New Norcia at noon. Dom Christopher Power and I are walking past the cemetery between
St Gertrude's and St Ildephonsus' colleges. In the distance I can see the Abbey Church and, beyond that, the monastery.
The Benedictine monk is telling me some of the history of Australia's only monastic town, established just north of Perth in 1847 and today a popular tourist destination.
"The sun rises over the monastery and sets over the cemetery," he says as he brushes away the flies. It's still spring but the sun has a real bite to it. I wish I'd brought my hat.
"Bishop Fulgentius Torres was no shrinking violet of a Spaniard," Dom Christopher adds, speaking of the successor of one of New Norcia's founders, Bishop Rosendo Salvado.
"Salvado laid the town out according to a cruciform plan; Torres then built on it with spectacular results. Read together, these (two colleges) are real statement buildings."
The word "read" is apposite: I'm in New Norcia to see the exhibition Celebrating Word and Image 1250-1600: Illuminated Manuscripts from the Kerry Stokes Collection.
Housed in the town's splendid museum and art gallery until March 2014, the exhibition features 12 rare French, German, Netherlandish and Bohemian prayer books, choir books and other examples of the illuminated manuscript - that pre-print form of the book produced throughout much of medieval Europe by scribes and artists, often working in monastic scriptoria in the service of God and man - rendered in ornate calligraphy and decked out in burnished gold and silver or luminous pigments derived from precious and semi-precious stones such as lapis lazuli.
As executive administrator of the Kerry Stokes Collection, Erica Persak told me when I first gazed upon the manuscripts back in Perth: "Despite digital books, people have an interest in these manuscripts because of the sheer beauty of the script and the pictures.
They also tell the story of the history of their times, as well as the development of art. So we're delighted to make these available to the public to see."
Among the manuscripts is an outlandish curio - the extraordinary Nuremberg Schembart book, dating from about 1540.
"The Schembart is one of those late medieval rituals in which our mardi gras also has its origins," the catalogue's co-author, Charles Zika, said over the phone a couple of weeks earlier. He's a professorial fellow in the school of historical and philosophical studies at the University of Melbourne.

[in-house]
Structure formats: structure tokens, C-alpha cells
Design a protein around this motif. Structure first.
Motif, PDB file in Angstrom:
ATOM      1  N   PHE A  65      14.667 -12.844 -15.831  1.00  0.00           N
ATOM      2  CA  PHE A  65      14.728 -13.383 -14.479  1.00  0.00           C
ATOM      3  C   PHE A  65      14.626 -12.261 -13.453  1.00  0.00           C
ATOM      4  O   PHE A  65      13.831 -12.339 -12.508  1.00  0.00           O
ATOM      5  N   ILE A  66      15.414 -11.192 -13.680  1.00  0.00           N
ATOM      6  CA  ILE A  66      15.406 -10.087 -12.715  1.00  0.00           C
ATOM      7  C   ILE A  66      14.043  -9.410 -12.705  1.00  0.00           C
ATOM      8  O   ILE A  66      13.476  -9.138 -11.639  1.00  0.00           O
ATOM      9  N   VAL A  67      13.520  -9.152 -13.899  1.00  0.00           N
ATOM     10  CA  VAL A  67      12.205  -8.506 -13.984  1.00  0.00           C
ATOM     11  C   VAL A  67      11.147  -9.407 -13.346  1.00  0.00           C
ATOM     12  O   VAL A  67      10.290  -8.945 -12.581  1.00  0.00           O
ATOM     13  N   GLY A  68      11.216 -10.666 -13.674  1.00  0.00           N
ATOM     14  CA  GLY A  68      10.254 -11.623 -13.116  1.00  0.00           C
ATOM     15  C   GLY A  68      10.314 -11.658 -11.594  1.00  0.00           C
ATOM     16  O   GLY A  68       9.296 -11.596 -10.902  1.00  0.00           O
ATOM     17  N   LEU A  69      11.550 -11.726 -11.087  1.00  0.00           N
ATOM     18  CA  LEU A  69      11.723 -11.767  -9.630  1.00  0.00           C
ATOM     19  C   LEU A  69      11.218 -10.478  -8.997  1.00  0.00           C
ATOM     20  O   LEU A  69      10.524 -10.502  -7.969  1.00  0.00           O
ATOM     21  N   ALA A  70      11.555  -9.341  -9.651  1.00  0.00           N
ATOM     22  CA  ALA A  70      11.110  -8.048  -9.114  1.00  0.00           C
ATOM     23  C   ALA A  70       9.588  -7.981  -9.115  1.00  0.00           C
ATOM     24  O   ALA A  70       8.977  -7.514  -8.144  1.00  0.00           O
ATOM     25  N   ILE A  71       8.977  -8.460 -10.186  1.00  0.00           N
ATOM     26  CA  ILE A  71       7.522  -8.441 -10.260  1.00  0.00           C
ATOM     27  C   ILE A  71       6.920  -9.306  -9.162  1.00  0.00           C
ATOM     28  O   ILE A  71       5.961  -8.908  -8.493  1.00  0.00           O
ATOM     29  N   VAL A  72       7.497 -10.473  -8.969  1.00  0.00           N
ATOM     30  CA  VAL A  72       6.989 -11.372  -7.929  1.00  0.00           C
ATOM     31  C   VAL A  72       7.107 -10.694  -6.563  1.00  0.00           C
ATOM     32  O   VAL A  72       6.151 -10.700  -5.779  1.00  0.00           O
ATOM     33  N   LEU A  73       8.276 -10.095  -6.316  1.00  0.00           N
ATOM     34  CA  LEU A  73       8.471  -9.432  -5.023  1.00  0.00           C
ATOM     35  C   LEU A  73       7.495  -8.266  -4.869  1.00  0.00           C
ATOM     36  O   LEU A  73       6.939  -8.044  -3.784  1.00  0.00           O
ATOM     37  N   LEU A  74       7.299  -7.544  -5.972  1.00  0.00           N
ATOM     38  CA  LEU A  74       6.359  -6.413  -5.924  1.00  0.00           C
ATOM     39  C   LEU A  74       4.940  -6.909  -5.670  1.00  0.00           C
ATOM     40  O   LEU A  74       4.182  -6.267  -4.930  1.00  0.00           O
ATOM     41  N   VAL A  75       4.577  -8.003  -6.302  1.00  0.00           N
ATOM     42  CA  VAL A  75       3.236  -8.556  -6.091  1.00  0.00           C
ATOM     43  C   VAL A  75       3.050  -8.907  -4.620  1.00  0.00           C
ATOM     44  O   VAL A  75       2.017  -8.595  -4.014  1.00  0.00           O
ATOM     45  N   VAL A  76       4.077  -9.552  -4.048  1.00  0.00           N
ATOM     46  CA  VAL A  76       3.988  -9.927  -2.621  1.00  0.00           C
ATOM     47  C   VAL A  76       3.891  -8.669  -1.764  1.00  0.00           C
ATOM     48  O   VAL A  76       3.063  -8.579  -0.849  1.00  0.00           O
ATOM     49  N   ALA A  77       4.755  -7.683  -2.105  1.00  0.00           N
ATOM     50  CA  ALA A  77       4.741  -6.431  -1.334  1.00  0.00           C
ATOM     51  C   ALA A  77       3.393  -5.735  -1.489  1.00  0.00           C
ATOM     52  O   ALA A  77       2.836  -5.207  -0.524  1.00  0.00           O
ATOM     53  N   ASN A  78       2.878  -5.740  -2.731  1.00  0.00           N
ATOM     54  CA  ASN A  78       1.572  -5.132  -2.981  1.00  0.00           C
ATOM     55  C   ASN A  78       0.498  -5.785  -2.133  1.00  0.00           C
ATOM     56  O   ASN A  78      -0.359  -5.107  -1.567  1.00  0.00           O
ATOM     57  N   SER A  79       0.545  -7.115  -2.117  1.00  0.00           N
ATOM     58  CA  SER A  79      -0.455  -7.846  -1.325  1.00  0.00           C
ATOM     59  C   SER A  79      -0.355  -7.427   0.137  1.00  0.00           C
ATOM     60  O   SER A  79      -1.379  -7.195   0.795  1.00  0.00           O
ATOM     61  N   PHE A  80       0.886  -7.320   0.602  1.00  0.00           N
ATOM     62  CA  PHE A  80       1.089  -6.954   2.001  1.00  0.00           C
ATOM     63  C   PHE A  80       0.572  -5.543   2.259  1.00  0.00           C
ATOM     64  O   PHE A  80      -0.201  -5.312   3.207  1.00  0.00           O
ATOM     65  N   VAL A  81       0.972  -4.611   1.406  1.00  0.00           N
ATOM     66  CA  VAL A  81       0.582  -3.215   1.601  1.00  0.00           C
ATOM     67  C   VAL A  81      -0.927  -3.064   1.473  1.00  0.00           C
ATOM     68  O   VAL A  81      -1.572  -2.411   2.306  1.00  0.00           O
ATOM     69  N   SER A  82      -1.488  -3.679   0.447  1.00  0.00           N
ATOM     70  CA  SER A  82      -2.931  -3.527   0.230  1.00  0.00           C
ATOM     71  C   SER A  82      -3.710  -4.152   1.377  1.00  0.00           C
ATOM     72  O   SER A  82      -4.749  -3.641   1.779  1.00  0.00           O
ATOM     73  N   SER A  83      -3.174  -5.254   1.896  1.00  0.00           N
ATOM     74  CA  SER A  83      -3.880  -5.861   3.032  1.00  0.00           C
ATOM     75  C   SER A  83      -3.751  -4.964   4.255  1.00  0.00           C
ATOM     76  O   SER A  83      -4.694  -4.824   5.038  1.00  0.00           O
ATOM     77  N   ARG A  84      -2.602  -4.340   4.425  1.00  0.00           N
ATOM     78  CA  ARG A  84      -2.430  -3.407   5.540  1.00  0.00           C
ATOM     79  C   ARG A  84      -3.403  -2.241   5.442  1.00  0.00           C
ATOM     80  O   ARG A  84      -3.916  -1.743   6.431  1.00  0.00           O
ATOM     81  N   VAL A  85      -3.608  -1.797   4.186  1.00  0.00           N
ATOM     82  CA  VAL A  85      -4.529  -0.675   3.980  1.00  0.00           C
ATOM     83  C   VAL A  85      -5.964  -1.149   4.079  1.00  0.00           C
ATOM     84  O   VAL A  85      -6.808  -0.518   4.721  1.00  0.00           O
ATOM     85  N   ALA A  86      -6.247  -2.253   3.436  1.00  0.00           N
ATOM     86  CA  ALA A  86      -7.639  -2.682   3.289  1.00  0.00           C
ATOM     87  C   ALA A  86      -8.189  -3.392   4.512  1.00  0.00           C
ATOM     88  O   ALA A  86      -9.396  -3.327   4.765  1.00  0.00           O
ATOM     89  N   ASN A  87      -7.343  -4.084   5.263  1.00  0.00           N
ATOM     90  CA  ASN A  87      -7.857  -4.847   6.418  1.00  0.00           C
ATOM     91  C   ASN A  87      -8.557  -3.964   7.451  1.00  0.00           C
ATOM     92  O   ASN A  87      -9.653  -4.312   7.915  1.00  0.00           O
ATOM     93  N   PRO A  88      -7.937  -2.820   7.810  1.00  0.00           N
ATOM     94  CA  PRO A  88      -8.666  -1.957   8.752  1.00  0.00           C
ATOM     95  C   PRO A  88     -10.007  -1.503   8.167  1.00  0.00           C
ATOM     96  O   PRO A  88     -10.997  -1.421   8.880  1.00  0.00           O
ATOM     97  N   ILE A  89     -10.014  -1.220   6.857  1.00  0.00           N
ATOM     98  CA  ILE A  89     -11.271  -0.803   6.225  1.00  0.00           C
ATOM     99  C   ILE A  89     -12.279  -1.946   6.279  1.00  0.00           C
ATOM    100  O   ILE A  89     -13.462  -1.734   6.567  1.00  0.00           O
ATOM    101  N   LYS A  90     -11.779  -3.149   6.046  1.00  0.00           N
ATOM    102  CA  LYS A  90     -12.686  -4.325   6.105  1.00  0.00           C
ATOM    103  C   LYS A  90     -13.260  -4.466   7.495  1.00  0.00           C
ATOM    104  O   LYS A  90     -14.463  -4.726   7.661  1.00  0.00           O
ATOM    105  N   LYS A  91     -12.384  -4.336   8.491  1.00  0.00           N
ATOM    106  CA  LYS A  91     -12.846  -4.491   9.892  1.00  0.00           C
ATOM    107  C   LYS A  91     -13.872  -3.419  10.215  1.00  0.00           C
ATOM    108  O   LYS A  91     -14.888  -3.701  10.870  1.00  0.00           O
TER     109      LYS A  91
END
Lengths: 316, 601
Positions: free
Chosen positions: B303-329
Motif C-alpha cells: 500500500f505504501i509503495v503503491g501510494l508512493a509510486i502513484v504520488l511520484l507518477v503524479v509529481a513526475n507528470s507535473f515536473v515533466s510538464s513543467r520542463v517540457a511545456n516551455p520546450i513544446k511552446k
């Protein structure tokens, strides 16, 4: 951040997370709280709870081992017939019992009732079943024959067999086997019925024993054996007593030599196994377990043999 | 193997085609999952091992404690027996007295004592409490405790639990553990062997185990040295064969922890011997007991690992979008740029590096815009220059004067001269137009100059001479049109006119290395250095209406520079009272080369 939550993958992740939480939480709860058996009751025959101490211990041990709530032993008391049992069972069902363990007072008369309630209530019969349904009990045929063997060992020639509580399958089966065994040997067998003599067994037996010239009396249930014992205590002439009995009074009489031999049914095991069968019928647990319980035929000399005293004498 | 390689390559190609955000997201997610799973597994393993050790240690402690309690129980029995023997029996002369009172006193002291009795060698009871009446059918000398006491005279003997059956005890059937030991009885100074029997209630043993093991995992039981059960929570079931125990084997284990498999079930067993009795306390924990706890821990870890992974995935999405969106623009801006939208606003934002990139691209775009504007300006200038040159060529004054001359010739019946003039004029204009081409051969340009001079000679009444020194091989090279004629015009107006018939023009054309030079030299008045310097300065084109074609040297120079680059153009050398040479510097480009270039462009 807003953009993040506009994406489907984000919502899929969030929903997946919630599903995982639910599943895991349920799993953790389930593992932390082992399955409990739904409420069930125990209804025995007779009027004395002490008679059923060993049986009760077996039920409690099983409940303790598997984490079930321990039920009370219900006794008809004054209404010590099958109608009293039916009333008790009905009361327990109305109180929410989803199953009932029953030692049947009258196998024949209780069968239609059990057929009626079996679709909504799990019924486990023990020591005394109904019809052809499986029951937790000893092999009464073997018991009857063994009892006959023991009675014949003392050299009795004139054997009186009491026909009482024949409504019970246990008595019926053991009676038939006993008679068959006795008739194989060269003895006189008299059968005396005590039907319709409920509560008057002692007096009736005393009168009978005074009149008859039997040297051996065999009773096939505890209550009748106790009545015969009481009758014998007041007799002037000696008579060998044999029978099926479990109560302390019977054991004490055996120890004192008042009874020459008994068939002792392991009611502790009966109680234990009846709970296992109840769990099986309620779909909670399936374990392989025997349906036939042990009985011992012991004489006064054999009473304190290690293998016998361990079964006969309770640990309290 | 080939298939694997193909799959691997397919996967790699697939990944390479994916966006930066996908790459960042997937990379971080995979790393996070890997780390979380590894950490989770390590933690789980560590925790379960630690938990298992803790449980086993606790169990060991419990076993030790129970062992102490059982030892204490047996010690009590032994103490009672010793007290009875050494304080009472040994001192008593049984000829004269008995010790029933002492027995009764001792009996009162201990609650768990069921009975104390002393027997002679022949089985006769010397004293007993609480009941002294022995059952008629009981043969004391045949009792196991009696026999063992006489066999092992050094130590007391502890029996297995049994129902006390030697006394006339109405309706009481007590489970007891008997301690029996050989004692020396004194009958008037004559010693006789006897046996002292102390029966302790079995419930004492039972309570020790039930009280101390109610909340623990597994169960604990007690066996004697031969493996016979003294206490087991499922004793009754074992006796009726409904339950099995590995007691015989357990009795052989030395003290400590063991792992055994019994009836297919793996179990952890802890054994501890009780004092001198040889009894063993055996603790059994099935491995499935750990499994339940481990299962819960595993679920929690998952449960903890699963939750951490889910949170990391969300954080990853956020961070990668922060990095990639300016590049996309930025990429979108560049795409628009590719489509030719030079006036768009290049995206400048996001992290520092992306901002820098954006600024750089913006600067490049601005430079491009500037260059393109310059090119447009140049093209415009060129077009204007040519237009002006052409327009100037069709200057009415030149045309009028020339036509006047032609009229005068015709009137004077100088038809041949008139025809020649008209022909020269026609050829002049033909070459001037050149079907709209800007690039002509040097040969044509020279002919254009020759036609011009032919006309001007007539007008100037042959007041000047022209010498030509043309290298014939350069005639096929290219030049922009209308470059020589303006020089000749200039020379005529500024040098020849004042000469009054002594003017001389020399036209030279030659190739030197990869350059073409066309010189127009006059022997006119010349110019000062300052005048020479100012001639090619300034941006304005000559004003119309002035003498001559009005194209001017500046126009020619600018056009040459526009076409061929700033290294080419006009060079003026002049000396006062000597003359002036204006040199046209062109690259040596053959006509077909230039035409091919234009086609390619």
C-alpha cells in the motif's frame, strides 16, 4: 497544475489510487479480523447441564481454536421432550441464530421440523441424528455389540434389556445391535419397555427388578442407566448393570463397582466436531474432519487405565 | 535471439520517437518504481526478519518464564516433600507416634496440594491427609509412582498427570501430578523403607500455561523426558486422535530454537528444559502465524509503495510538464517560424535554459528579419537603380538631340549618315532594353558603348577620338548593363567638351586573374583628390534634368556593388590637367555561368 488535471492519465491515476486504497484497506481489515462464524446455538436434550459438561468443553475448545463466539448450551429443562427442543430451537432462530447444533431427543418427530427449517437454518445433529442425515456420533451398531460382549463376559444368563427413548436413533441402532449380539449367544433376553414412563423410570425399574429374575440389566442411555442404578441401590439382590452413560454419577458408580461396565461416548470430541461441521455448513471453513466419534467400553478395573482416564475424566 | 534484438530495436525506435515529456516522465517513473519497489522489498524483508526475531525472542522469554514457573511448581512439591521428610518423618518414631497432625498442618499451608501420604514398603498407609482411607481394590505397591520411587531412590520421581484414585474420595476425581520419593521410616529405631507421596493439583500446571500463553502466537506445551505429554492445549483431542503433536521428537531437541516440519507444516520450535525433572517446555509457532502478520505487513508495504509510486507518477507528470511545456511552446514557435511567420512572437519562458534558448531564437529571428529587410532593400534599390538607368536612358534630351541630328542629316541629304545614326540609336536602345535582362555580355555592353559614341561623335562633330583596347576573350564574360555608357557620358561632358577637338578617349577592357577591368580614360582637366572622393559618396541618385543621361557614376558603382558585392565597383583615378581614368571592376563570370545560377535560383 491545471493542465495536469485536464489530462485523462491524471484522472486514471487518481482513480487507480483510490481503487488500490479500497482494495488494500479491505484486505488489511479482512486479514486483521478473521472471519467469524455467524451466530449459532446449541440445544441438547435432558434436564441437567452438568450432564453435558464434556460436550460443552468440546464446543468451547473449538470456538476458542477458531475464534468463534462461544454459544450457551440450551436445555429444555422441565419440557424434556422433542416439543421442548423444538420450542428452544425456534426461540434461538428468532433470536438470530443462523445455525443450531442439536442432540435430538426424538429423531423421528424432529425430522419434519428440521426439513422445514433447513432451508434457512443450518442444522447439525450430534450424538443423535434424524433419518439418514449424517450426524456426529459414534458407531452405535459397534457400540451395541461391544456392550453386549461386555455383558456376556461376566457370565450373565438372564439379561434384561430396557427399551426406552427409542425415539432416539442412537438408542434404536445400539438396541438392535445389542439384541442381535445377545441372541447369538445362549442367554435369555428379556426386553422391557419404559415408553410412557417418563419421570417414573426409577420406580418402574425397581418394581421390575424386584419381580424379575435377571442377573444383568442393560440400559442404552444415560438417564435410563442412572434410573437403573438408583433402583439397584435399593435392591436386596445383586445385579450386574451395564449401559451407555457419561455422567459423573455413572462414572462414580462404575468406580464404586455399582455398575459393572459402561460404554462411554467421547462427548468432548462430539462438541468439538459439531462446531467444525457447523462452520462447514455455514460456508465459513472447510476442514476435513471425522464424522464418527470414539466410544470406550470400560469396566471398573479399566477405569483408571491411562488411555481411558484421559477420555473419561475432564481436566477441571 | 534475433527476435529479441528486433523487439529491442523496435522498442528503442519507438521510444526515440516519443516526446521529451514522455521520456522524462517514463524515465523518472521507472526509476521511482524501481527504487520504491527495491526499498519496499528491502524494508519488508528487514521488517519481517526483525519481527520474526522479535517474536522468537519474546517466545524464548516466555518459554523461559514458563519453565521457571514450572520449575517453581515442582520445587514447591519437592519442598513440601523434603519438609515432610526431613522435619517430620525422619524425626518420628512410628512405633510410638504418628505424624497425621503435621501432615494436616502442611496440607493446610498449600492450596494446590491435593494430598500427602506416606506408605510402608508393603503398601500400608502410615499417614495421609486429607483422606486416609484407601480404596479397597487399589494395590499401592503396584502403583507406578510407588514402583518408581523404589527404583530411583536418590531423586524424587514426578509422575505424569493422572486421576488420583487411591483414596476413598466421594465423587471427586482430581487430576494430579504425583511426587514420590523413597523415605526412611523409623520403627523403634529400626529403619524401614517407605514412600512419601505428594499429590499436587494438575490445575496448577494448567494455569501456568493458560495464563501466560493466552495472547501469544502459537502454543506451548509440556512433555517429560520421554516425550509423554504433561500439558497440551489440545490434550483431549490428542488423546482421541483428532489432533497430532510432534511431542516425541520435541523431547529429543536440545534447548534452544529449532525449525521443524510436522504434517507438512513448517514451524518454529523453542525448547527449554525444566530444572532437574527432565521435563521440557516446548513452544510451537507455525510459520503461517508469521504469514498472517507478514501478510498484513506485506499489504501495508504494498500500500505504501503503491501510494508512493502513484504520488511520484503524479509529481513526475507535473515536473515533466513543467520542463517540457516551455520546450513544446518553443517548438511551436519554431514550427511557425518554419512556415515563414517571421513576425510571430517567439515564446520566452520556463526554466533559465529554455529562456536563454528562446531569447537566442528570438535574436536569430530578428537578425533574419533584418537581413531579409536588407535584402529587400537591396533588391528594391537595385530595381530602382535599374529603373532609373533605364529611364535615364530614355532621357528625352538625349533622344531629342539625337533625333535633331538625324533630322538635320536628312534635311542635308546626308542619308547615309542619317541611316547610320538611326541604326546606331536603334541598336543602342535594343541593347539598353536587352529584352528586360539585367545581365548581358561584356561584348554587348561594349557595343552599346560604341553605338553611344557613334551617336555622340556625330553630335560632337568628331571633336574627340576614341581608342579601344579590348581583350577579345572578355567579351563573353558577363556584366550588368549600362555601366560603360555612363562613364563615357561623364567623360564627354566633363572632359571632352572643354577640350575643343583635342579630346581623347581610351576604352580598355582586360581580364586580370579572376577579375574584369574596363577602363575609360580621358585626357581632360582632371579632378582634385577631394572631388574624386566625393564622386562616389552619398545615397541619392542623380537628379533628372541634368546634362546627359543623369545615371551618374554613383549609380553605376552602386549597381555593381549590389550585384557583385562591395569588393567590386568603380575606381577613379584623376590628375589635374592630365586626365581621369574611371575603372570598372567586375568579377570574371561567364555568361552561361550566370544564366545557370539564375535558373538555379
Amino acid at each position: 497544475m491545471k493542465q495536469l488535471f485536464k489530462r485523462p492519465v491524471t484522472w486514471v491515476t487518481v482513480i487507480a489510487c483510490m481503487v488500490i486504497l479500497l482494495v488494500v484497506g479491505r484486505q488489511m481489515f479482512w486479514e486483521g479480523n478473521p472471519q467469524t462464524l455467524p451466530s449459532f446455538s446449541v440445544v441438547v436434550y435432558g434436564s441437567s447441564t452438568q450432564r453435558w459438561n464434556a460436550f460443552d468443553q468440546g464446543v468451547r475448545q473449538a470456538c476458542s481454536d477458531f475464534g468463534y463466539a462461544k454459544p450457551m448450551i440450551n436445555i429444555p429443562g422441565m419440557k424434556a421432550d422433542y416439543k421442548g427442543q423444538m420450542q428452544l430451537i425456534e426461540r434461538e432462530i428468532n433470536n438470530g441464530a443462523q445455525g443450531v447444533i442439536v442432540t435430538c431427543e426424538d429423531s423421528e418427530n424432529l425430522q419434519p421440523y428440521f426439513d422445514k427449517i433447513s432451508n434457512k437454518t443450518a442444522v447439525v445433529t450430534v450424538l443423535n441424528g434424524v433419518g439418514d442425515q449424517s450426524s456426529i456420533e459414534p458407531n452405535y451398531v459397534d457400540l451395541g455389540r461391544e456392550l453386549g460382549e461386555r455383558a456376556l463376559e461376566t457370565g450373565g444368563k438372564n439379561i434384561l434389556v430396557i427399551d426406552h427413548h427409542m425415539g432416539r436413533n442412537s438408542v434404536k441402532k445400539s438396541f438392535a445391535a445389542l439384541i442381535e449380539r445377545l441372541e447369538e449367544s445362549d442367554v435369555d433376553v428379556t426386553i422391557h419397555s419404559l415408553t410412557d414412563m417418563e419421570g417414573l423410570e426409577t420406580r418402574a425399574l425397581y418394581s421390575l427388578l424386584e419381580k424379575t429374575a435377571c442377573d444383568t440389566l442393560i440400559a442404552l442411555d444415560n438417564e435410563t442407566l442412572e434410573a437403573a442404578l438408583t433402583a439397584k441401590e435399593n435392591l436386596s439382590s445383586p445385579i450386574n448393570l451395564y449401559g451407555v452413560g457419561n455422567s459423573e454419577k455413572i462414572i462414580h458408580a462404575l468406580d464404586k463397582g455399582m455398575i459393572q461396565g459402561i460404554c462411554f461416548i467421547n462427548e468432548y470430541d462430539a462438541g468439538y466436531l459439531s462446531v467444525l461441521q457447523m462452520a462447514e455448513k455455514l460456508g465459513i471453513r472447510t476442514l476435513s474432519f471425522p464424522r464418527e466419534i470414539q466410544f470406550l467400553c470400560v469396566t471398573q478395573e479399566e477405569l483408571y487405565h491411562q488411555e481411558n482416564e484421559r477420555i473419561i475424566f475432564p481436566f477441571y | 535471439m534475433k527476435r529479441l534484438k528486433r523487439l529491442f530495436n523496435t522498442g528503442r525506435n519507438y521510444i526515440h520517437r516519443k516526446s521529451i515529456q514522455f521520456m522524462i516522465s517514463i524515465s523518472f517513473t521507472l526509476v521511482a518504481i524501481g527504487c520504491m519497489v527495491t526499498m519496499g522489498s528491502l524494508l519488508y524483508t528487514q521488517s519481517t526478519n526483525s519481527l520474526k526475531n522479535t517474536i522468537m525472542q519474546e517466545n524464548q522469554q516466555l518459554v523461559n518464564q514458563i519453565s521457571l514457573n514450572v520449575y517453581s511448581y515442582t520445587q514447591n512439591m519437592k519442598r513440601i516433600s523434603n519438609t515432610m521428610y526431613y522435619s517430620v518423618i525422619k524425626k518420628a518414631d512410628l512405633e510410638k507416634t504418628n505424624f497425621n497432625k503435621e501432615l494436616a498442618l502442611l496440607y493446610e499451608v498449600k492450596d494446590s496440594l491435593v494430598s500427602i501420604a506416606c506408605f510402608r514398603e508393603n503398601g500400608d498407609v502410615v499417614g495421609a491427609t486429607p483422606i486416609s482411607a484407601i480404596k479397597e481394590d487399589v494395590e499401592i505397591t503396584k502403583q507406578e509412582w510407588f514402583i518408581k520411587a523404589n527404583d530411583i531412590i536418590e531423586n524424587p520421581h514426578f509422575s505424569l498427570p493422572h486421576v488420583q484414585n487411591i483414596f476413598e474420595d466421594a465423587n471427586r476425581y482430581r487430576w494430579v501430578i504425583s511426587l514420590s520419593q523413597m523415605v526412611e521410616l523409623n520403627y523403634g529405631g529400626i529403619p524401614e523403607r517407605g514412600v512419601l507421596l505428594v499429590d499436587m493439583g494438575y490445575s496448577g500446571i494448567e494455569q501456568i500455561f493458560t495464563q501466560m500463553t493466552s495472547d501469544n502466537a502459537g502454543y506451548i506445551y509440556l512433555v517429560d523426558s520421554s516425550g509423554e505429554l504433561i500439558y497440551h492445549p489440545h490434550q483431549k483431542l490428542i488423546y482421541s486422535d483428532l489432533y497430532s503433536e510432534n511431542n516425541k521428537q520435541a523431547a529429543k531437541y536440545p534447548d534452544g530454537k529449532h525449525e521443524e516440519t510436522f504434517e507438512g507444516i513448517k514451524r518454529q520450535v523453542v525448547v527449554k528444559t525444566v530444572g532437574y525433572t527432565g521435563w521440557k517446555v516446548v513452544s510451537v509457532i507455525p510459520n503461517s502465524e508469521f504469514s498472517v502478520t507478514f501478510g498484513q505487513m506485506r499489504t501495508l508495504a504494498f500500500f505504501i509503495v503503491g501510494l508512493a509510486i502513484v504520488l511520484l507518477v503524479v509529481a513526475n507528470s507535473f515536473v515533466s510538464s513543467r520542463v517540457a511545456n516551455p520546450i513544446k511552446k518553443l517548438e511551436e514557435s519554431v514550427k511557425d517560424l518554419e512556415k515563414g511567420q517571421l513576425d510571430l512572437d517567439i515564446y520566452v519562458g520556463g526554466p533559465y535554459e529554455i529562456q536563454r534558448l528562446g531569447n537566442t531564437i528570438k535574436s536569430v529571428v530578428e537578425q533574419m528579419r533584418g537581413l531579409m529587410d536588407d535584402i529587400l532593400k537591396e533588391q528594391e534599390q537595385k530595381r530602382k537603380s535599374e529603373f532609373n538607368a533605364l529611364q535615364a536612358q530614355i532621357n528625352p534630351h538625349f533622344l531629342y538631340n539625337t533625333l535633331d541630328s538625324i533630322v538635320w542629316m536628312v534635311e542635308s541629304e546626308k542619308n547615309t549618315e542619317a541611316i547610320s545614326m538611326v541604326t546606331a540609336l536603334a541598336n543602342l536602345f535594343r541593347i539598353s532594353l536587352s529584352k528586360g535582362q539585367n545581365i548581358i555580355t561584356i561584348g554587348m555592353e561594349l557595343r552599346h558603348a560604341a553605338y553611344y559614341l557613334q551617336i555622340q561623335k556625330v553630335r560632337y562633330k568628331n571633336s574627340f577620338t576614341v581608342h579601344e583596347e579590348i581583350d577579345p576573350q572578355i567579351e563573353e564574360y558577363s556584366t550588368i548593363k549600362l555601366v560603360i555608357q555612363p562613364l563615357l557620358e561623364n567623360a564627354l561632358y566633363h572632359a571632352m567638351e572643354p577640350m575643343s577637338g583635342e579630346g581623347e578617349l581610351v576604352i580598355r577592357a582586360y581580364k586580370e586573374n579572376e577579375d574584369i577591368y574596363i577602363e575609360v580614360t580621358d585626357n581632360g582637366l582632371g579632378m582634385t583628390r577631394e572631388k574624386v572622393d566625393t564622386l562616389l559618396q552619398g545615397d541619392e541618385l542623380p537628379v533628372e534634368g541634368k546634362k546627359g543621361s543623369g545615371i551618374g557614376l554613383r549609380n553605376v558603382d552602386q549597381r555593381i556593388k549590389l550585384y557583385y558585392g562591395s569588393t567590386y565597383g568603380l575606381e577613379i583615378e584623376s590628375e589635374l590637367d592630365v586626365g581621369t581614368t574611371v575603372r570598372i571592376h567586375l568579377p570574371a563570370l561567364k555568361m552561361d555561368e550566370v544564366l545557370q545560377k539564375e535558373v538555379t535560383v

As he writes in the catalogue, the Schembart was a pre-Lenten carnival which involved "large numbers of dancers who danced their way through the city to the sound of fifes and tabors, protected by the handsomely costumed Runners".
There were also "fools, animal demons . . . and other grotesque and exotic figures" as well as carnival floats and tableau which each year were ritually set on fire in front of the town hall.
Zika told me the Schembart book, which he says is "in really good nick" (there are only about 80 in existence), was produced by a powerful patrician family as a record of their individual involvement when family members were made captains of the Runners.
"So we have these pictures of Runners in masks wearing the colours and the coats-of-arms of the families," he said. "This is a very, very good manuscript and it's wonderful to have one of these in Australia."
The exhibition complements not only the antique oil paintings in the European gallery but the contemporary Australian works next door, forming a bridge between the old world and the new with its implicit tales of transitional technologies; it also echoes New Norcia's own library.
And it even connects with those "statement buildings" Dom Christopher and I now examine. The colleges' chapels were indeed meant to be "read", with Torres employing such artisans as the Spanish woodcarver Juan Casellas and the monk-artist Father Lesmes Lopez to work on the interiors.
"In those times they paid as much attention to the inside as they did to the outside of a building," Dom Christopher says. "And they loved these totally integrated interiors using all the crafts together."
And the symmetry is unmistakeable. "For the (girls' college) we have St Gertrude, whose object of devotion was Christ; for the boys, St Ildephonsus, whose object of devotion was the Virgin Mary."
He tells me how they had a mass for some of the old boys of the college a while back. "I was thinking 'This is well thought-out'.
All these motherless boys spending their time in this place run by the Marist Brothers: what a great idea to have a feminine focus. It probably met a need. It's a very accomplished piece of work, really."
Celebrating Word and Image 1250-1600: Illuminated Manuscripts from the Kerry Stokes Collection, New Norcia Museum and Art Gallery, runs until March 17. The New Norcia Museum and Art Gallery is open daily 10am to 4.30pm. For more information phone 9654 8056, email firstname.lastname@example.org or visit newnorcia.wa.edu.au. The exhibition catalogue is published by Australian Capital Equity ($45).